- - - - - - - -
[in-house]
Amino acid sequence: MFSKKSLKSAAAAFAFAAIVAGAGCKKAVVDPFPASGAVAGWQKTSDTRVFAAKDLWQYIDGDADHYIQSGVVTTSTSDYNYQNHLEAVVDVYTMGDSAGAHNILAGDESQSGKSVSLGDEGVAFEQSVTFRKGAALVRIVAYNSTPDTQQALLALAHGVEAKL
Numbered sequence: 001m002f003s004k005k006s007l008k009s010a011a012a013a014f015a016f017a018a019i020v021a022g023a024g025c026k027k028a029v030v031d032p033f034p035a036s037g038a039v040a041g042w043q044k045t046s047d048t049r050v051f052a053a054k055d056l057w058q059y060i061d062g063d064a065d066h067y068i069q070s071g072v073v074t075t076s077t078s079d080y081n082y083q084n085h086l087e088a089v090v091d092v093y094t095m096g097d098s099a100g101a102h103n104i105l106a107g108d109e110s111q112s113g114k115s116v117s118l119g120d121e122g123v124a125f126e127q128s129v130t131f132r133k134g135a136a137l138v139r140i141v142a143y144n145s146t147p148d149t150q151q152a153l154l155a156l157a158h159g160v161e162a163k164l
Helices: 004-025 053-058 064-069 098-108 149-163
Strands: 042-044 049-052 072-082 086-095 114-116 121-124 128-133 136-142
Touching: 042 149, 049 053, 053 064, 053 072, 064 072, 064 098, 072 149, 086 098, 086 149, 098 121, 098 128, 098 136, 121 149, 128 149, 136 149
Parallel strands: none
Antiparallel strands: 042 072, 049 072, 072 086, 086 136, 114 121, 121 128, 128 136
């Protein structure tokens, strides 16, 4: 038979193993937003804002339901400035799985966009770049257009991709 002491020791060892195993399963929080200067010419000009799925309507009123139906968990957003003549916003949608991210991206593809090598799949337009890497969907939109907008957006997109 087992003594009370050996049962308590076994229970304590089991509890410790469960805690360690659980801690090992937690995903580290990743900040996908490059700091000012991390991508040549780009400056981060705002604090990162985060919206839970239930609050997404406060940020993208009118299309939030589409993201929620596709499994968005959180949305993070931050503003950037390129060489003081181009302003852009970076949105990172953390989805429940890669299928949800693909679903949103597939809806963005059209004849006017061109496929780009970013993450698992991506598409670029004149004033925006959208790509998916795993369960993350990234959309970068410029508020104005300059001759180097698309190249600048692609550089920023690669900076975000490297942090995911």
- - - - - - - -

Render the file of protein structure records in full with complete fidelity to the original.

[in-house]
Amino acid sequence: MFSKKSLKSAAAAFAFAAIVAGAGCKKAVVDPFPASGAVAGWQKTSDTRVFAAKDLWQYIDGDADHYIQSGVVTTSTSDYNYQNHLEAVVDVYTMGDSAGAHNILAGDESQSGKSVSLGDEGVAFEQSVTFRKGAALVRIVAYNSTPDTQQALLALAHGVEAKL
Numbered sequence: 001m002f003s004k005k006s007l008k009s010a011a012a013a014f015a016f017a018a019i020v021a022g023a024g025c026k027k028a029v030v031d032p033f034p035a036s037g038a039v040a041g042w043q044k045t046s047d048t049r050v051f052a053a054k055d056l057w058q059y060i061d062g063d064a065d066h067y068i069q070s071g072v073v074t075t076s077t078s079d080y081n082y083q084n085h086l087e088a089v090v091d092v093y094t095m096g097d098s099a100g101a102h103n104i105l106a107g108d109e110s111q112s113g114k115s116v117s118l119g120d121e122g123v124a125f126e127q128s129v130t131f132r133k134g135a136a137l138v139r140i141v142a143y144n145s146t147p148d149t150q151q152a153l154l155a156l157a158h159g160v161e162a163k164l
Helices: 004-025 053-058 064-069 098-108 149-163
Strands: 042-044 049-052 072-082 086-095 114-116 121-124 128-133 136-142
Touching: 042 149, 049 053, 053 064, 053 072, 064 072, 064 098, 072 149, 086 098, 086 149, 098 121, 098 128, 098 136, 121 149, 128 149, 136 149
Parallel strands: none
Antiparallel strands: 042 072, 049 072, 072 086, 086 136, 114 121, 121 128, 128 136
């Protein structure tokens, strides 16, 4: 038979193993937003804002339901400035799985966009770049257009991709 002491020791060892195993399963929080200067010419000009799925309507009123139906968990957003003549916003949608991210991206593809090598799949337009890497969907939109907008957006997109 087992003594009370050996049962308590076994229970304590089991509890410790469960805690360690659980801690090992937690995903580290990743900040996908490059700091000012991390991508040549780009400056981060705002604090990162985060919206839970239930609050997404406060940020993208009118299309939030589409993201929620596709499994968005959180949305993070931050503003950037390129060489003081181009302003852009970076949105990172953390989805429940890669299928949800693909679903949103597939809806963005059209004849006017061109496929780009970013993450698992991506598409670029004149004033925006959208790509998916795993369960993350990234959309970068410029508020104005300059001759180097698309190249600048692609550089920023690669900076975000490297942090995911």